Fortunately, the cognitive effects of benzodiazepines are reversible, and cognitive function returns to normal after discontinuation of benzodiazepine use. This underlines the significance of using benzodiazepines for short-term treatment and under the supervision of a healthcare professional to reduce the risk of cognitive impairments.

Physical Health Risks

Long-term use of benzodiazepines may increase the risk of falls, accidents, and other health issues, particularly in the elderly. Studies have demonstrated that the use of benzodiazepines, especially long-acting ones, is associated with an increased risk of falls and fall fractures in elderly individuals. Benzodiazepines can also have an effect on motor skills, which can lead to a lack of motor control, loss of coordination, dizziness, and sedation. These effects can impair driving ability and increase the risk of falls and injuries.

Misuse of benzodiazepines in the general population can have serious neurological consequences. This is because it leads to excitotoxicity, which can damage or even kill nerve cells due to excessive levels of the excitatory neurotransmitter glutamate. Addressing benzodiazepine dependence across all age groups is necessary to mitigate these dangers.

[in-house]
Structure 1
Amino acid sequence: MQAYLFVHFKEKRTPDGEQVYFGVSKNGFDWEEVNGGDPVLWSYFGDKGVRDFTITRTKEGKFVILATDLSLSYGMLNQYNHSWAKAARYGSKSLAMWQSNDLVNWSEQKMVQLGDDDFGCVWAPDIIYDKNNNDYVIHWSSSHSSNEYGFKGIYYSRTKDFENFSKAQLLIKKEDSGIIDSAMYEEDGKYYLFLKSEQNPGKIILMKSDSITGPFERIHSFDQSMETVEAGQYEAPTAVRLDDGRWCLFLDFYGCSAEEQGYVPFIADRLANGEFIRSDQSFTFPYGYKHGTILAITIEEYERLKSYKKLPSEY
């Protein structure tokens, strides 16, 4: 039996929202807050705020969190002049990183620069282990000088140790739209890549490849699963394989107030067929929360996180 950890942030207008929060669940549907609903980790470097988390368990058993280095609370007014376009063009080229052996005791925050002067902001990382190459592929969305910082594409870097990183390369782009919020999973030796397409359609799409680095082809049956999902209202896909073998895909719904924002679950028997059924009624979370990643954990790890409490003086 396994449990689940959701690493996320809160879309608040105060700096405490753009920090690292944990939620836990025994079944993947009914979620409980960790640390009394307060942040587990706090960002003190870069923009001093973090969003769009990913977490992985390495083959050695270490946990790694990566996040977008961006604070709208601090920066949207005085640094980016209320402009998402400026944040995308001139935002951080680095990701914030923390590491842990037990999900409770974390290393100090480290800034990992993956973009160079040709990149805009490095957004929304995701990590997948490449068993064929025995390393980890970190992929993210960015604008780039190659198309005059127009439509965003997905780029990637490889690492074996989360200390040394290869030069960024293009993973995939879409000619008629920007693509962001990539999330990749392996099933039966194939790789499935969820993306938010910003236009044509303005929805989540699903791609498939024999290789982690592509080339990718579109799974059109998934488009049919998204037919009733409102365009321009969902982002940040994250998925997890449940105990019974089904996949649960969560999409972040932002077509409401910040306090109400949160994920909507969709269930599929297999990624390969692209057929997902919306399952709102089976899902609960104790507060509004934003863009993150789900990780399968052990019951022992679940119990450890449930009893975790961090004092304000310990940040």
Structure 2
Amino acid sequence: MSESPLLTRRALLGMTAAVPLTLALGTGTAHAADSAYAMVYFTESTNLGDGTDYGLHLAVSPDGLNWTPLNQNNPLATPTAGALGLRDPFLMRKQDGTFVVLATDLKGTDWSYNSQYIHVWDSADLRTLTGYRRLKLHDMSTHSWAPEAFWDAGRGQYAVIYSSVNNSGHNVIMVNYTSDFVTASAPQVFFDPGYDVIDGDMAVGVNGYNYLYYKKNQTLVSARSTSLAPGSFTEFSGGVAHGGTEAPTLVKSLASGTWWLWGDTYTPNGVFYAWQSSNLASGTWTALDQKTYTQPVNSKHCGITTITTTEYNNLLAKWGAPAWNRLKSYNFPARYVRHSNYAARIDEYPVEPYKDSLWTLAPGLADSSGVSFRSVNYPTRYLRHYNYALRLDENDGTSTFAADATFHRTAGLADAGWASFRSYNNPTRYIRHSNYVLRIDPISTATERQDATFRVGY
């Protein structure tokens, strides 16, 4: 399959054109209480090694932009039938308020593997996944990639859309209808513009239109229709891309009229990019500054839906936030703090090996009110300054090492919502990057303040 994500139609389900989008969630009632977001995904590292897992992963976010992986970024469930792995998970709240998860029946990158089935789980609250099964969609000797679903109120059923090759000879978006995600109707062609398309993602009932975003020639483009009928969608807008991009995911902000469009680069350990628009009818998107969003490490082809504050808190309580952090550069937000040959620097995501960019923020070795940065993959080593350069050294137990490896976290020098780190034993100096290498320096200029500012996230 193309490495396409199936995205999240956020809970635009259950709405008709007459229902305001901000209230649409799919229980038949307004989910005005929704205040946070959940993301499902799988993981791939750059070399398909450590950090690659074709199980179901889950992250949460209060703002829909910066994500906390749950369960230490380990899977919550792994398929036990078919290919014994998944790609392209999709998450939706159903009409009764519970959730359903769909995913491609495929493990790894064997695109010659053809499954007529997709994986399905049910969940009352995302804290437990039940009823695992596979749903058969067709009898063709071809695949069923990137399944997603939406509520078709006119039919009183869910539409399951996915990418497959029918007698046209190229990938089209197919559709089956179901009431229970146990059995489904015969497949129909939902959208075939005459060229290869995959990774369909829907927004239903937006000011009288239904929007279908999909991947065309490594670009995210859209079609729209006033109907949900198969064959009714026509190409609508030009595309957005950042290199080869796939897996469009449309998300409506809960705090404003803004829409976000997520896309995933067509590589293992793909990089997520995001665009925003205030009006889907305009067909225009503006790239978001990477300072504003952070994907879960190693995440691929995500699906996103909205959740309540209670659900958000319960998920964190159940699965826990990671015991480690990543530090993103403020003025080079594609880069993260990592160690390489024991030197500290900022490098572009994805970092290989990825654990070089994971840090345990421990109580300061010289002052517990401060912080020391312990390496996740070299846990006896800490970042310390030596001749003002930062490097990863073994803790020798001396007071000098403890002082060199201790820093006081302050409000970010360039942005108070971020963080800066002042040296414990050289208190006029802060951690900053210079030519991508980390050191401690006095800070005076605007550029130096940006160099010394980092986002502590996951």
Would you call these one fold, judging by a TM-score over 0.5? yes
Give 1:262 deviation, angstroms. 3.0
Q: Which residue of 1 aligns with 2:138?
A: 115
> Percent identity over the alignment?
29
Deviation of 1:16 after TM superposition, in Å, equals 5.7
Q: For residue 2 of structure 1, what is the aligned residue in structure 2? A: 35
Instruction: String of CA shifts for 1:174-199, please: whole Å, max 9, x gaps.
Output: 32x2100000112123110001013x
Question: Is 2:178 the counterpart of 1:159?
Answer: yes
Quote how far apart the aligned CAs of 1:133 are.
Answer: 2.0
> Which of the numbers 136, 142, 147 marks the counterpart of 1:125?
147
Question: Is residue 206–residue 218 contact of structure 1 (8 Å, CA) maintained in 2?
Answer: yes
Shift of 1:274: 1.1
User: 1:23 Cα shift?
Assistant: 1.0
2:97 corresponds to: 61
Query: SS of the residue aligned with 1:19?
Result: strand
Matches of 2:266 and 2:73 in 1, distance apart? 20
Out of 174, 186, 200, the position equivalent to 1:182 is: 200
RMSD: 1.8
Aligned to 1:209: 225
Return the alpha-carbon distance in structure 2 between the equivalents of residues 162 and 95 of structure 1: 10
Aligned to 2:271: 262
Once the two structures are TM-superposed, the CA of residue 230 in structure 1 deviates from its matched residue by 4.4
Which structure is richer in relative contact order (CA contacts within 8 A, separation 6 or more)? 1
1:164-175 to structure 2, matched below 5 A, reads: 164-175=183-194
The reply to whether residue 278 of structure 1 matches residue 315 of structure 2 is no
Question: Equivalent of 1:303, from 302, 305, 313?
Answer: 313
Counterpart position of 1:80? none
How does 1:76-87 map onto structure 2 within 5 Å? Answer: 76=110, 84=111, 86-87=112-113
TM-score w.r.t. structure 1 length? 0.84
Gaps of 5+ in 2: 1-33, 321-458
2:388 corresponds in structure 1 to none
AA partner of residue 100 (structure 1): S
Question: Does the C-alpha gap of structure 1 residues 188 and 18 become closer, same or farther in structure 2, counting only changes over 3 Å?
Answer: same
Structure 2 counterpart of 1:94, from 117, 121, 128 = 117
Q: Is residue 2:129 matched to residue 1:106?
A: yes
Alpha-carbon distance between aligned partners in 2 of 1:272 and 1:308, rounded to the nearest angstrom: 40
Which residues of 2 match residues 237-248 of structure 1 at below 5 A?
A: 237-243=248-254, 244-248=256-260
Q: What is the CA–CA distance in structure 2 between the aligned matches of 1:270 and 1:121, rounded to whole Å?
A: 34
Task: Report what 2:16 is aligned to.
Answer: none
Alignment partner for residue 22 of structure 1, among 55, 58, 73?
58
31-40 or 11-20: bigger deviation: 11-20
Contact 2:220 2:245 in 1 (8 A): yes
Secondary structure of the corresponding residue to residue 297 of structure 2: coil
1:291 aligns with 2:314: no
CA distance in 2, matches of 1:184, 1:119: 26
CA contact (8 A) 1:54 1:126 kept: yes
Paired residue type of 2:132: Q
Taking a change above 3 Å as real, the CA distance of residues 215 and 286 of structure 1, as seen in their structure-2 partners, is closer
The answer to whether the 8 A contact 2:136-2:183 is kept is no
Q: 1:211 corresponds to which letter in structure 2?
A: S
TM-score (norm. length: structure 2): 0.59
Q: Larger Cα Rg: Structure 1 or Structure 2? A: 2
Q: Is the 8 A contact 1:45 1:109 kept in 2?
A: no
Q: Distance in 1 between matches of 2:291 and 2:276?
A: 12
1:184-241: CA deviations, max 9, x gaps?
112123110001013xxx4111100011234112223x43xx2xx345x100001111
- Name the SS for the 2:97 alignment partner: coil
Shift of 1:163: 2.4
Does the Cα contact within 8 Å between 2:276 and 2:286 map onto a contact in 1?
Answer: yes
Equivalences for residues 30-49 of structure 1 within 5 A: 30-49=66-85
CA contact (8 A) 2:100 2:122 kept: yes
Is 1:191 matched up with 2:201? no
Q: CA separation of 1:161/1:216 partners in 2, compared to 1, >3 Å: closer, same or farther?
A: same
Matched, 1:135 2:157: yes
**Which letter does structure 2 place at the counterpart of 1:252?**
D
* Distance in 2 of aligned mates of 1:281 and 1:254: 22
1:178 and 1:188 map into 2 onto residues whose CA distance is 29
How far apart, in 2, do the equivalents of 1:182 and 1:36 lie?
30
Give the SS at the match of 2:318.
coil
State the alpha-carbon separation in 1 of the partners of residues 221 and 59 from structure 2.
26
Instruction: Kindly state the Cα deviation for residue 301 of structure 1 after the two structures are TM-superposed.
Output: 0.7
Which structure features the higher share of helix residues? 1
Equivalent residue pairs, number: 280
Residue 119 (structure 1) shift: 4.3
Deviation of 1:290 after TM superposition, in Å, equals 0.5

Mental Health Risks

Benzodiazepines may worsen anxiety, sleep, and agitation over time, and inhibit deep stage sleep and memory consolidation. A study published in 2020 discovered that long-term use of prescription benzodiazepines is linked to an increased risk of all-cause mortality among individuals aged 65 or younger, but not those older than 65.

Prolonged benzodiazepine use can have a detrimental effect on memory functions, including deficits in working memory, processing speed, and long-term memory. It can also impede concentration and attention. These mental health risks underscore the significance of using benzodiazepines for short-term treatment and under a healthcare professional’s supervision to minimize potential harm.

Risks Associated with Benzodiazepine Misuse

A Person Experiencing Withdrawal Symptoms From Benzodiazepines
A person experiencing withdrawal symptoms from benzodiazepines